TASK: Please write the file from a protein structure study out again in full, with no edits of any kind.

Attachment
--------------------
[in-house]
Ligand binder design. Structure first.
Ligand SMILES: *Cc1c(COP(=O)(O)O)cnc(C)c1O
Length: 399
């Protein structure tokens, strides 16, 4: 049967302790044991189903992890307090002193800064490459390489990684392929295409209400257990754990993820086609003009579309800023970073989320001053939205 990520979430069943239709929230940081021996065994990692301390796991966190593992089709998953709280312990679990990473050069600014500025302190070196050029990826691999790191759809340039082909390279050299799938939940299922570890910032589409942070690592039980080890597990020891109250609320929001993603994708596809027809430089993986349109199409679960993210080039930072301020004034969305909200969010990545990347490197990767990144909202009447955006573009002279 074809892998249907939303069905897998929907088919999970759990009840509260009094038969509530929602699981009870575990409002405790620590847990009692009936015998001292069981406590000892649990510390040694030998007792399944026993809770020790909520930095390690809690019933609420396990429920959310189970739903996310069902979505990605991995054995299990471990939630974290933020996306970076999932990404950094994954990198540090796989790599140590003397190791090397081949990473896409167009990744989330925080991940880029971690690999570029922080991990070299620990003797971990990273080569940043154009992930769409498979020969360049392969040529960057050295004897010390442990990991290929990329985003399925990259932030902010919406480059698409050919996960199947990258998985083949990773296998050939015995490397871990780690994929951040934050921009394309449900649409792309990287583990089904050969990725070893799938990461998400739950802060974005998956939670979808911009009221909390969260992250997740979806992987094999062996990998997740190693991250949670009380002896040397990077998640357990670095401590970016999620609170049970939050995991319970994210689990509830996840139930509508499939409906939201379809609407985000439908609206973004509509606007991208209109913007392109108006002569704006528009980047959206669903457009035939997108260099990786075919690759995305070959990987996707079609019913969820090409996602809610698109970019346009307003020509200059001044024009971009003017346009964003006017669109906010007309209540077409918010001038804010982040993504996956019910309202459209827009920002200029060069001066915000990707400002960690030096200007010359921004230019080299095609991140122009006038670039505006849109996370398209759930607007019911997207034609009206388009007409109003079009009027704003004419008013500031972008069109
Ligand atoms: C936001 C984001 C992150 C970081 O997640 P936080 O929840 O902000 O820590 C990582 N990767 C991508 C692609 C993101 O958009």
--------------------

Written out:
[in-house]
Ligand binder design. Structure first.
Ligand SMILES: *Cc1c(COP(=O)(O)O)cnc(C)c1O
Length: 399
């Protein structure tokens, strides 16, 4: 049967302790044991189903992890307090002193800064490459390489990684392929295409209400257990754990993820086609003009579309800023970073989320001053939205 990520979430069943239709929230940081021996065994990692301390796991966190593992089709998953709280312990679990990473050069600014500025302190070196050029990826691999790191759809340039082909390279050299799938939940299922570890910032589409942070690592039980080890597990020891109250609320929001993603994708596809027809430089993986349109199409679960993210080039930072301020004034969305909200969010990545990347490197990767990144909202009447955006573009002279 074809892998249907939303069905897998929907088919999970759990009840509260009094038969509530929602699981009870575990409002405790620590847990009692009936015998001292069981406590000892649990510390040694030998007792399944026993809770020790909520930095390690809690019933609420396990429920959310189970739903996310069902979505990605991995054995299990471990939630974290933020996306970076999932990404950094994954990198540090796989790599140590003397190791090397081949990473896409167009990744989330925080991940880029971690690999570029922080991990070299620990003797971990990273080569940043154009992930769409498979020969360049392969040529960057050295004897010390442990990991290929990329985003399925990259932030902010919406480059698409050919996960199947990258998985083949990773296998050939015995490397871990780690994929951040934050921009394309449900649409792309990287583990089904050969990725070893799938990461998400739950802060974005998956939670979808911009009221909390969260992250997740979806992987094999062996990998997740190693991250949670009380002896040397990077998640357990670095401590970016999620609170049970939050995991319970994210689990509830996840139930509508499939409906939201379809609407985000439908609206973004509509606007991208209109913007392109108006002569704006528009980047959206669903457009035939997108260099990786075919690759995305070959990987996707079609019913969820090409996602809610698109970019346009307003020509200059001044024009971009003017346009964003006017669109906010007309209540077409918010001038804010982040993504996956019910309202459209827009920002200029060069001066915000990707400002960690030096200007010359921004230019080299095609991140122009006038670039505006849109996370398209759930607007019911997207034609009206388009007409109003079009009027704003004419008013500031972008069109
Ligand atoms: C936001 C984001 C992150 C970081 O997640 P936080 O929840 O902000 O820590 C990582 N990767 C991508 C692609 C993101 O958009």